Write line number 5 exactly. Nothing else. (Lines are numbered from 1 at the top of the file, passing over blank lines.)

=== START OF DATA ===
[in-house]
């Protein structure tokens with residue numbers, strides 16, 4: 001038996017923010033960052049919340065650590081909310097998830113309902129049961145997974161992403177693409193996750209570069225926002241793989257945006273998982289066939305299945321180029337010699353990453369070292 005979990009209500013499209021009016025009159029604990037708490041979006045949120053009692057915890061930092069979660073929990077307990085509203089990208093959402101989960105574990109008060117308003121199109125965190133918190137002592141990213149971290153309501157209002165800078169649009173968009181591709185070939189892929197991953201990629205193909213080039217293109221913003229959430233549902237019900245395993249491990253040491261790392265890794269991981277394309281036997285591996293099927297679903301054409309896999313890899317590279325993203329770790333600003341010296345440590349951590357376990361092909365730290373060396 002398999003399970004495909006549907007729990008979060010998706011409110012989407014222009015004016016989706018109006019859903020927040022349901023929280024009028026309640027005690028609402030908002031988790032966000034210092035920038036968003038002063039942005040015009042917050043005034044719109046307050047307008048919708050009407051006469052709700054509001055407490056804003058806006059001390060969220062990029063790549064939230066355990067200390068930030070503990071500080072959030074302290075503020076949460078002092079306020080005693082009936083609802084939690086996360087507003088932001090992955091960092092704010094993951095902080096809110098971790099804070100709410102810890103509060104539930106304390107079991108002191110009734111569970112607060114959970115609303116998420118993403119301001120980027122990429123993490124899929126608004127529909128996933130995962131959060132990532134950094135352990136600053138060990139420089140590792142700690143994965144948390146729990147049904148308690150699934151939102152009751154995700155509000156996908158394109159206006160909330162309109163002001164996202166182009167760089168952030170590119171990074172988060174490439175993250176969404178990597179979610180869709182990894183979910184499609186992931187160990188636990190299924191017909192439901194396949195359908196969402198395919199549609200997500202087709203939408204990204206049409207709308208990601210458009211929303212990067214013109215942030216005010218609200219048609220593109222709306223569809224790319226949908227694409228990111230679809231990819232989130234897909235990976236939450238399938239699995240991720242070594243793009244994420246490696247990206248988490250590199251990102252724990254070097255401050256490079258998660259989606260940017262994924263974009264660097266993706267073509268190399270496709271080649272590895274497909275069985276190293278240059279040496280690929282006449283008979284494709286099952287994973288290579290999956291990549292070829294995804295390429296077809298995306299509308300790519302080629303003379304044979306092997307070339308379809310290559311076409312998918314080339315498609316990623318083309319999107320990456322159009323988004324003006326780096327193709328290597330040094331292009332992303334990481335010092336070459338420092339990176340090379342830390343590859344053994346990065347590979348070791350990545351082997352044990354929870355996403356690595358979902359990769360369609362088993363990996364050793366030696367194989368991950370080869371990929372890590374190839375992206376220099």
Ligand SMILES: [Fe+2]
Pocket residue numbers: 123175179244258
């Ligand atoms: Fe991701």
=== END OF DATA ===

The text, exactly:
């Ligand atoms: Fe991701």